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Strengthening Typhoon Haima to aim for the Philippines with destructive winds, flooding

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Following deadly flooding caused by Typhoon Sarika, the Philippines brace for another blow by a powerful typhoon late this week.

Haima, referred to as Pepito in the Philippines, quickly strengthened over the weekend, reaching Typhoon status on Sunday morning, local time.

On Monday night, local time, Typhoon Haima had sustained winds over 210 km/h (130 mph), equivalent to wind speeds of a Category 4 hurricane in the Atlantic Ocean.

Even further strengthening is expected as Haima moves across the Pacific and approaches northern parts of the Philippines, with the potential for the storm to become a super typhoon by Tuesday or Wednesday.

Haima is forecast to track over the northern part of Luzon in the northern Philippines. Landfall on the eastern coast of Luzon is likely to occur on Wednesday afternoon or Wednesday night.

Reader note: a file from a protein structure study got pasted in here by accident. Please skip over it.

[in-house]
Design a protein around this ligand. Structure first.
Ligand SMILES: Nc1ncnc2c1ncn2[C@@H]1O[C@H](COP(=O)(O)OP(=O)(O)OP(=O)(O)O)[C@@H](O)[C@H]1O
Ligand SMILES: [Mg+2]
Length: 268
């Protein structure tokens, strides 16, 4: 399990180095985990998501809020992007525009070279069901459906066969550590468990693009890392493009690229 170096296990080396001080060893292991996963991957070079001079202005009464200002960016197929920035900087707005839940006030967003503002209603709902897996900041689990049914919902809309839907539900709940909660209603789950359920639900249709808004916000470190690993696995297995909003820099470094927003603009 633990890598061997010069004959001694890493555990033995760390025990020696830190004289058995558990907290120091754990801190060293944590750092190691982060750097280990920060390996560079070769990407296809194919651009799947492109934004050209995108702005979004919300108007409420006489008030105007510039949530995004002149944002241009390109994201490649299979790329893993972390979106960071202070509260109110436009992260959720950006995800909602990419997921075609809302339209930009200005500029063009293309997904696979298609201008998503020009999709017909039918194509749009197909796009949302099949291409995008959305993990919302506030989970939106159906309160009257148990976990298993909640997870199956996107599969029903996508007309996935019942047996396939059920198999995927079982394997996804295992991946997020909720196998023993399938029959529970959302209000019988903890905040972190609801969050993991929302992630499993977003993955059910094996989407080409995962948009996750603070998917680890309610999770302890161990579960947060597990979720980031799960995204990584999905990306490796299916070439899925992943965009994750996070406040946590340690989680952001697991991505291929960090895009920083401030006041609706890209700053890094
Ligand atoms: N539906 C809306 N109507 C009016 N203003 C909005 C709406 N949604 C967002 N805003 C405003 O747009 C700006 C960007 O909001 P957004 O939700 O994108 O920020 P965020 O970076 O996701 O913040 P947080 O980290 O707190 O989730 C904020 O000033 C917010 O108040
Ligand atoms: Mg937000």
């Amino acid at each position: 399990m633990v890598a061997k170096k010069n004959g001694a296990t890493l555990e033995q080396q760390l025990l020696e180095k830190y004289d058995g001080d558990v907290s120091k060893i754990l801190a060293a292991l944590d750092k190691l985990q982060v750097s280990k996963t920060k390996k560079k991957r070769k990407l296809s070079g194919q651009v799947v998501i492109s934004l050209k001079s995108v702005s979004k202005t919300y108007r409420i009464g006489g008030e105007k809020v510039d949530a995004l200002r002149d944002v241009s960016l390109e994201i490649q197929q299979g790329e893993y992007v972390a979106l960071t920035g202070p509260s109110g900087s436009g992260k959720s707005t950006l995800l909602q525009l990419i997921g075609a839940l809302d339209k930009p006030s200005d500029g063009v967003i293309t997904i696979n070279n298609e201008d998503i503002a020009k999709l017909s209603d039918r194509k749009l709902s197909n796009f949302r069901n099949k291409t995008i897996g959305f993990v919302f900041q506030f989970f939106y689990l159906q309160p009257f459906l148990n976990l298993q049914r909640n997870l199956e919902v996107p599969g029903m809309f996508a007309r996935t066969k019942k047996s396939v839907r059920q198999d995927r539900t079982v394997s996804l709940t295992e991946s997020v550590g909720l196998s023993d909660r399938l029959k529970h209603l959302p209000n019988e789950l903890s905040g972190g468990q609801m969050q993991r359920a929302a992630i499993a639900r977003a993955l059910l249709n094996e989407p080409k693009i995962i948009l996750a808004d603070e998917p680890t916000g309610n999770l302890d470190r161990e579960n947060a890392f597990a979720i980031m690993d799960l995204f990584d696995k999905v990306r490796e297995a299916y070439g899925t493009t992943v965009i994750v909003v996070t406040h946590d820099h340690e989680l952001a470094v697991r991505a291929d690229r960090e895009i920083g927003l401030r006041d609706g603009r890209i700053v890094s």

It could make landfall with wind gusts over 275 km/h (173 mph), causing major damage to areas in its path. Winds of this magnitude are capable of major structural damage, including completely removing exterior walls and roofs.

The extremely strong winds in combination with the torrential rains will down trees and may cause widespread power outages that could linger even after the storm has passed.

Some places across Luzon received over 400 mm (16 inches) of rain when Sarika moved through a short time ago, further increasing the risk for major flooding across the region.

With Haima, new rainfall amounts of 75-150 mm (3-6 inches) are expected through the middle of the week. This additional rain will escalate the risk for mudslides, especially in the higher elevations.

Coastal areas north of Haima's center will also need to watch for coastal flooding. In combination with gusty, onshore winds and high tides, feet of water could inundate areas near the coast.

Interaction with land will weaken Haima as it emerges into the South China sea on Thursday. However, it will still remain a violent tropical system as it approaches China.

Even through the center of the storm is expected to track well to the south of Taiwan, bands of heavy rain could trigger flash flooding in the southeastern portion of the country on Thursday.

A final landfall is expected in southeastern China at the end of the week. Impacts in Hong Kong are possible. Residents in this area should continue to monitor Haima.